Unless you have been living in a vacuum sealed tube these past few weeks you have seen plenty of news and social media focusing on the shooting of Mike Brown, an unarmed teenager in Ferguson, Missouri and the subsequent protests and civil unrest. Each day tensions built and for nights there were confrontations and arrests in Ferguson, MO.
At the same time #Ferguson was trending both on social media and in the public conversation, civilians–men, women, and children were being killed in Gaza as the conflict between Palestinians and Israel escalated.
Also, many of us were challenged by friends to take the “ALS Ice Bucket Challenge” where people were asked to pour a bucket of ice water on their head and donate $10 to support research and treatment for what is a somewhat little known debilitating disease. Somehow in the midst of the ice bucket challenge, Gaza, and Mike Brown’s killing a war of words emerged about “what is worth doing.” Some people claimed they were not doing the Ice bucket challenge because there were more serious causes to attend to. I understand, but I also know that the human mind can only process so much suffering at a time.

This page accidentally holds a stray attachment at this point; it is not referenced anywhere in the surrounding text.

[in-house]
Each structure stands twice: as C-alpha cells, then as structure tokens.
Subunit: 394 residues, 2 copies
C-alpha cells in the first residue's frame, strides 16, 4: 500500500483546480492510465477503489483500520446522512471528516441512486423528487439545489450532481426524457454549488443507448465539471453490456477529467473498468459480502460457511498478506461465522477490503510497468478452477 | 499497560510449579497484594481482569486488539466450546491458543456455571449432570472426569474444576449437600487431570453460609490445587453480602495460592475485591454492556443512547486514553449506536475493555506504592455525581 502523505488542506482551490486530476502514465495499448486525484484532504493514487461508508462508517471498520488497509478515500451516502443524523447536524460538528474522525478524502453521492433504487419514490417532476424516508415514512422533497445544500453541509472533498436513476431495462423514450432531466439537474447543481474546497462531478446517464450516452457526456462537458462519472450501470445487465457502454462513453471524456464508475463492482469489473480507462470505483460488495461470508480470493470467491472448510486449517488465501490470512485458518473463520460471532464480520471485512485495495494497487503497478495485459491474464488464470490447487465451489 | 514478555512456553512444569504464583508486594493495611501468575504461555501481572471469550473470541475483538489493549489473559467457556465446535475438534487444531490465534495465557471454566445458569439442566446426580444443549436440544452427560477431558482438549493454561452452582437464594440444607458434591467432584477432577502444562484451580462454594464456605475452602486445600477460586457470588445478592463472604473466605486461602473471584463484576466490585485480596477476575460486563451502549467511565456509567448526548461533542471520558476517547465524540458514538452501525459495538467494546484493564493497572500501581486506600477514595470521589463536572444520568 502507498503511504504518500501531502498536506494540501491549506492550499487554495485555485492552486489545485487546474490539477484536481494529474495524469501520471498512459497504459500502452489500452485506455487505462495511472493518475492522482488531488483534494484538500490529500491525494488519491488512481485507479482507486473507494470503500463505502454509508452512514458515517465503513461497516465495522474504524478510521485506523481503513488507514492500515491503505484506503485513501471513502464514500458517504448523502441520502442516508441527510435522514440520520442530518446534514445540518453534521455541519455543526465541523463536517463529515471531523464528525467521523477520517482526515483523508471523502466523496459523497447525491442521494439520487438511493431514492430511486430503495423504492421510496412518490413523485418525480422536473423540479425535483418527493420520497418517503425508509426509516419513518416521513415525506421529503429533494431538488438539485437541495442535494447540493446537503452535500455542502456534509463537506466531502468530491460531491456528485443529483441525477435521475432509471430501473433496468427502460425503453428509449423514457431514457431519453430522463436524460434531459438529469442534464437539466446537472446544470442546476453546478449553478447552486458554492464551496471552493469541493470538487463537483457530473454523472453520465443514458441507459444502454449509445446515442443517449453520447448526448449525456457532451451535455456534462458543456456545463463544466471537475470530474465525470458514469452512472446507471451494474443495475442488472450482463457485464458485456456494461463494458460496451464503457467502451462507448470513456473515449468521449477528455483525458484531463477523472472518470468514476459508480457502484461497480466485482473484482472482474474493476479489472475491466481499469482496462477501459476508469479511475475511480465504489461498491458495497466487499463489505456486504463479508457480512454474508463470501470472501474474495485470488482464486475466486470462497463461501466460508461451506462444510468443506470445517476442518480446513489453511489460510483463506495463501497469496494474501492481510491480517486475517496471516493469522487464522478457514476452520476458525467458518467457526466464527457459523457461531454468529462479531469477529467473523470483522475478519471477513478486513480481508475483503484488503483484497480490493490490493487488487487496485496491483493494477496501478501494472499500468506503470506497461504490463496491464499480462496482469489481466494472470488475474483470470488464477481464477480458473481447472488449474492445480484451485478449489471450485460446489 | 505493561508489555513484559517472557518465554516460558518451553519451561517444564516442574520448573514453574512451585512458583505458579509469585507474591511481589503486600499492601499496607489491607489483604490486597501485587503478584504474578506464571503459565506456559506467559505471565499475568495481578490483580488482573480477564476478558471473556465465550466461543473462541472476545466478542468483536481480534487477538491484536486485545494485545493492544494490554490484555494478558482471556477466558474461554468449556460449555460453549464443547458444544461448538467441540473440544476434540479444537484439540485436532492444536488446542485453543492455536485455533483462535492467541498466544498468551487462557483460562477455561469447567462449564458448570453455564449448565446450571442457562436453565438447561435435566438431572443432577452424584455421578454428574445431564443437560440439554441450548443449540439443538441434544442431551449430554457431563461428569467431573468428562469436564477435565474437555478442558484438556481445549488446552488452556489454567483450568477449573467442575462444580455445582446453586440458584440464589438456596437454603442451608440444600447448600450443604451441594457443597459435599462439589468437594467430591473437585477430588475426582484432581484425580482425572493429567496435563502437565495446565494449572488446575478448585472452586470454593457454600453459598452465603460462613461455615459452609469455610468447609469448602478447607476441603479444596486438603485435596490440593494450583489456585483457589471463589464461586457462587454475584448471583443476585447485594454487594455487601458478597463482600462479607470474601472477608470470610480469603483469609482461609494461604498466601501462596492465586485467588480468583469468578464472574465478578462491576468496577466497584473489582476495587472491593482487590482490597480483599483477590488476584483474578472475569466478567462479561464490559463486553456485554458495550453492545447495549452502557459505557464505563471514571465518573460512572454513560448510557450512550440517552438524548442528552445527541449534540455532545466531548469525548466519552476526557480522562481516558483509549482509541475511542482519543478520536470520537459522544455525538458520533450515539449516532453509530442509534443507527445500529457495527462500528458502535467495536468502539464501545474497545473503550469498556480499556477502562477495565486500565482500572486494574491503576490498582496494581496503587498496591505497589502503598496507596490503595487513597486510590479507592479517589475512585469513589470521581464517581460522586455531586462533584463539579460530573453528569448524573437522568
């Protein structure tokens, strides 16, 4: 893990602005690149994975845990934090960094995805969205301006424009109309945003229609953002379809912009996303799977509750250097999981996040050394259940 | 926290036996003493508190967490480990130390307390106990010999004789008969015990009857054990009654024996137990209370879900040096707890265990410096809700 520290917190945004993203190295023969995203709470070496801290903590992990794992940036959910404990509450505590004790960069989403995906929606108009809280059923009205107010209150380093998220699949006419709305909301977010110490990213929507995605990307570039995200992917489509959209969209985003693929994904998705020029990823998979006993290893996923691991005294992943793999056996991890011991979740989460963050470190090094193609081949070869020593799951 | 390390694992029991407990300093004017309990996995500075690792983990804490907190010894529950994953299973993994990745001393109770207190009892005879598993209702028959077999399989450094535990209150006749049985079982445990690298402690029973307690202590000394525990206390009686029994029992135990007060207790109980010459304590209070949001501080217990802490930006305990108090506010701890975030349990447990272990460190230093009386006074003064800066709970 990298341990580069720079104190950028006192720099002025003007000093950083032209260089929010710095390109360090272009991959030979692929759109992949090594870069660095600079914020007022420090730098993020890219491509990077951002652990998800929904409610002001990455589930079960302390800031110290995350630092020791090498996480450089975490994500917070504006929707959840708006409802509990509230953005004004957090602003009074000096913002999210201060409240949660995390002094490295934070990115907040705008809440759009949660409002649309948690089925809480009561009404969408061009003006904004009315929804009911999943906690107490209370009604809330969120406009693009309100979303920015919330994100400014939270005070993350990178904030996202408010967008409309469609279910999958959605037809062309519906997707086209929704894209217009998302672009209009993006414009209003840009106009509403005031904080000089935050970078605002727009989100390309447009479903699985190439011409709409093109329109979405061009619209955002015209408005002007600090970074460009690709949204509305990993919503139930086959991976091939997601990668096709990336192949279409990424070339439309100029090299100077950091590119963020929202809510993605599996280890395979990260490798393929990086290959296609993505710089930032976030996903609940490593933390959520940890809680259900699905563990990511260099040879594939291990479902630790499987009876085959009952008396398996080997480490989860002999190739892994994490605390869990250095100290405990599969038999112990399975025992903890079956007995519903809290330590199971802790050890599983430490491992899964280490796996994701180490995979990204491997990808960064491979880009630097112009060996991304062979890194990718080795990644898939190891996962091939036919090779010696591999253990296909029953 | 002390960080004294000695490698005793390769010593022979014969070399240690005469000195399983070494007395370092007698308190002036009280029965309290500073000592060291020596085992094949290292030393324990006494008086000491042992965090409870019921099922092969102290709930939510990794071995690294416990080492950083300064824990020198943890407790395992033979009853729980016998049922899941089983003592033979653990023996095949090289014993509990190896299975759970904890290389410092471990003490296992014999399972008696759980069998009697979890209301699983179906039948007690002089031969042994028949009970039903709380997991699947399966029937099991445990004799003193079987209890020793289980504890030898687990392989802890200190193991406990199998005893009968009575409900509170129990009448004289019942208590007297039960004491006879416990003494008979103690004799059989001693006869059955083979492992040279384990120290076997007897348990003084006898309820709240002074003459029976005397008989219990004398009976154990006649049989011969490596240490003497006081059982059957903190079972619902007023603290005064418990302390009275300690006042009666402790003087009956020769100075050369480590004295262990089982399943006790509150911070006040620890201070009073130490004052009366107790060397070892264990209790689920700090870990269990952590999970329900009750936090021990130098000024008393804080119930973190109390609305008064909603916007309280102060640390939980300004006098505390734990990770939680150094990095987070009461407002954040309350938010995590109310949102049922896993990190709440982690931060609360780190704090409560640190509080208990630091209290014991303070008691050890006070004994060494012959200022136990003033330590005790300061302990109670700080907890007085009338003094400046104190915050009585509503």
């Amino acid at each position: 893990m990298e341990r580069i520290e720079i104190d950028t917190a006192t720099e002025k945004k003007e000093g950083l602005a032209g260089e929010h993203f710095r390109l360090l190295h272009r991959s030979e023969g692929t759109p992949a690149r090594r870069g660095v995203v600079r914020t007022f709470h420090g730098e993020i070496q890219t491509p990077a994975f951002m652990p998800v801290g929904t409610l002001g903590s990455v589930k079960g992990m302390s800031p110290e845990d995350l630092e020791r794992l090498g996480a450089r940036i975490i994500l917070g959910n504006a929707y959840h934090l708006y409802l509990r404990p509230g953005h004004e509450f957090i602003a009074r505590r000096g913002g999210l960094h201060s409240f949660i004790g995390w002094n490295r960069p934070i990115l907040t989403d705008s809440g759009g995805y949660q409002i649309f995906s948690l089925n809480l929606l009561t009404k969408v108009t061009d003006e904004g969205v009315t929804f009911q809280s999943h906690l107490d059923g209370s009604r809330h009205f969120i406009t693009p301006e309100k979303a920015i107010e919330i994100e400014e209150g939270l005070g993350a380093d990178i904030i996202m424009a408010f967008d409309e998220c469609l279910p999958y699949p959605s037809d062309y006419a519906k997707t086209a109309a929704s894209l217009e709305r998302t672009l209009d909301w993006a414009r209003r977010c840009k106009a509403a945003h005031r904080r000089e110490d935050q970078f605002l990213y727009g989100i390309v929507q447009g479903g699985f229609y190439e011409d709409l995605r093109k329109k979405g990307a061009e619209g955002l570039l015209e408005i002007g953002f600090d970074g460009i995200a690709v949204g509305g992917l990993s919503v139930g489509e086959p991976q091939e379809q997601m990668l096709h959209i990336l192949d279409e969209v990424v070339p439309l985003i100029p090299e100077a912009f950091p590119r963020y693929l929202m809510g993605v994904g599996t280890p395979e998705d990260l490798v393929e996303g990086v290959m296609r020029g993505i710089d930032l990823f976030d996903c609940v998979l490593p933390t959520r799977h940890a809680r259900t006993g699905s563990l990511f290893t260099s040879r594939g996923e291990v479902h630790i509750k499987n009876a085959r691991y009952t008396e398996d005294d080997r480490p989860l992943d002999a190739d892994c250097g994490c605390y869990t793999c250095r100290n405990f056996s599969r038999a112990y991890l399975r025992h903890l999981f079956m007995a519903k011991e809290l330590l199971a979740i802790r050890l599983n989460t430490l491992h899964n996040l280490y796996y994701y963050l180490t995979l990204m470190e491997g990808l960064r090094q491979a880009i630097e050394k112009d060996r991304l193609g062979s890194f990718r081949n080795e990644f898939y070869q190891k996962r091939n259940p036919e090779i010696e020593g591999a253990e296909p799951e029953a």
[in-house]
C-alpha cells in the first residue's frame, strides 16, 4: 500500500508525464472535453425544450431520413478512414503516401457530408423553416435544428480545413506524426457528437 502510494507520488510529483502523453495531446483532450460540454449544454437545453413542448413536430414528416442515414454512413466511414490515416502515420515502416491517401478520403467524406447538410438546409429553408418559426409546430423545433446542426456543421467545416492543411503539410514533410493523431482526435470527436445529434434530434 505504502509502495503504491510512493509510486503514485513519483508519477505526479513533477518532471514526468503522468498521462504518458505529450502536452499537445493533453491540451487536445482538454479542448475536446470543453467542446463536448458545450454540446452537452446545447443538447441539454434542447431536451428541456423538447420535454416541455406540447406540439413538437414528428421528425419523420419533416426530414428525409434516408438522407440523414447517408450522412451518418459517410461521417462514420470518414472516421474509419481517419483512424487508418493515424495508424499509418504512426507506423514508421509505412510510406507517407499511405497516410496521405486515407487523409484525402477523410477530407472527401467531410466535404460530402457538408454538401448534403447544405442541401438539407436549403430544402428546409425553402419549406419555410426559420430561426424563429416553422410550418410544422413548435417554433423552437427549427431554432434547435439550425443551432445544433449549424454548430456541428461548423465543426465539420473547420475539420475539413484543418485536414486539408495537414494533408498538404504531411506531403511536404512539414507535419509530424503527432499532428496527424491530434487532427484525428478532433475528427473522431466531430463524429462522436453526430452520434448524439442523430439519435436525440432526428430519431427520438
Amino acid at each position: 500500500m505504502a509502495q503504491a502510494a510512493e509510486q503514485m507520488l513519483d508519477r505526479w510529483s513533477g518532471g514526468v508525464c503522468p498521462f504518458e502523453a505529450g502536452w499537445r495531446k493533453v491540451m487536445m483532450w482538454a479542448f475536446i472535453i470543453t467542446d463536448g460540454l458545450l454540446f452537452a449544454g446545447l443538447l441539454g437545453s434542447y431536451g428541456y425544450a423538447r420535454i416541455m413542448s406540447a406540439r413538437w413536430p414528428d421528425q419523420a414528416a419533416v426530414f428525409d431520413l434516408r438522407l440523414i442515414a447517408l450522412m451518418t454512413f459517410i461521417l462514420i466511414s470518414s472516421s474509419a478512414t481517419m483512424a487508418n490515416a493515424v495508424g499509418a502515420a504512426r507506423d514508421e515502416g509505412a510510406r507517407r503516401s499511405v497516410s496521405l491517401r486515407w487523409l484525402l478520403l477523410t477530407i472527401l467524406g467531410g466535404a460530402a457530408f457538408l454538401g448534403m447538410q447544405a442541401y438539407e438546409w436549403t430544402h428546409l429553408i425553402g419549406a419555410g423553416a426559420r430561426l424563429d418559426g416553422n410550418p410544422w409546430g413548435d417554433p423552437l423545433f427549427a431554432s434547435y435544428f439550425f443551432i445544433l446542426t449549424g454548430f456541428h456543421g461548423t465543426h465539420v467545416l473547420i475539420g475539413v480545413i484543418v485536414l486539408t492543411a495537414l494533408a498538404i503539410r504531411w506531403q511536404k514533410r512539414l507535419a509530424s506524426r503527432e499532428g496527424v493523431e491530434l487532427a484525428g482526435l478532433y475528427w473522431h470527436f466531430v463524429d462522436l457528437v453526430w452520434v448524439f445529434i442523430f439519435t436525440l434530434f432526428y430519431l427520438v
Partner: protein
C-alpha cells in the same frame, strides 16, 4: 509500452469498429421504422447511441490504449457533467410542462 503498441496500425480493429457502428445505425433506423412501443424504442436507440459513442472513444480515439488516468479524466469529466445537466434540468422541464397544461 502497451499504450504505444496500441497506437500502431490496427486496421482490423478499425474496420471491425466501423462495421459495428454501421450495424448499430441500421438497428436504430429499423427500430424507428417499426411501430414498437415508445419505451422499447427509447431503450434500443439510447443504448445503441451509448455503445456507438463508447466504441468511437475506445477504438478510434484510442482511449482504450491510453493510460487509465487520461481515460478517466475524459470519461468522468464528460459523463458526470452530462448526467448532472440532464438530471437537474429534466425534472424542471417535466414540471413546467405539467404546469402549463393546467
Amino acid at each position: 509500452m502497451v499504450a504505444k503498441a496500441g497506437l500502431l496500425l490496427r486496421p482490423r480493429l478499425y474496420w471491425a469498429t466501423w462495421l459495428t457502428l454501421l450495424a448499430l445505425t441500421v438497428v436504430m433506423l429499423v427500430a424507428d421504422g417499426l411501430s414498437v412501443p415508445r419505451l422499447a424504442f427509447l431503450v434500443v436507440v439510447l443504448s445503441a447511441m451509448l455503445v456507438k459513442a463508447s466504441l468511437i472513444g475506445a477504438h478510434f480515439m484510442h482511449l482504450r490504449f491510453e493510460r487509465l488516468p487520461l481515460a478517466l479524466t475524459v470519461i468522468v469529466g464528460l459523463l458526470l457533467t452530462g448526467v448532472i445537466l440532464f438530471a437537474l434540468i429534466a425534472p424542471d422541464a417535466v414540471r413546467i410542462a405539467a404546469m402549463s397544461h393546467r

On Friday I was driving to a community event that is a fun gathering of people and music that I had been looking forward to. A hot summer day, live and recorded music, good food, and great people–it sounded wonderful. However, on my car radio I heard a broadcast about a 10 year old boy in Monrovia, Liberia shivering naked on a beach with a crowd of about 50 people surrounding him. He was suffering from Ebola and the crowd was afraid to touch him. Out of nowhere someone produced a red t-shirt for him to put on but he was too weak to put it on by himself. Finally, the reporter and his crew produced some rubber gloves and two middle-aged women stepped forward to help the child. Then some people found a large piece of cardboard and the women got the boy onto it and he was dragged from the beach to an alleyway where an emergency team finally picked him up to take him to a clinic. Sadly, the child did not make it through the night. The reporter was overcome with a sense of sadness and helplessness as he tried to describe how horrible it was to witness a child dying. I was overwhelmed just listening to this story and tears steamed down my cheeks.
This story was about somebody’s 10 year old baby. He was alone and helpless and had become a public spectacle in his sickness and nakedness. No one was throwing ice water over his or her head for him. No one was protesting in the streets for him. No high level diplomat was going to convene talks on his behalf. He would suffer and die all by himself.
The world is filled with suffering and there is no hierarchy of “my suffering is greater than yours.” If you are doing ANYTHING to alleviate suffering (of any kind) I don’t think I have a right to judge you. Just keep doing your part. What do you think?

Stay Black & Smart!

“In Praise of the ‘Ordinary’ Sistas”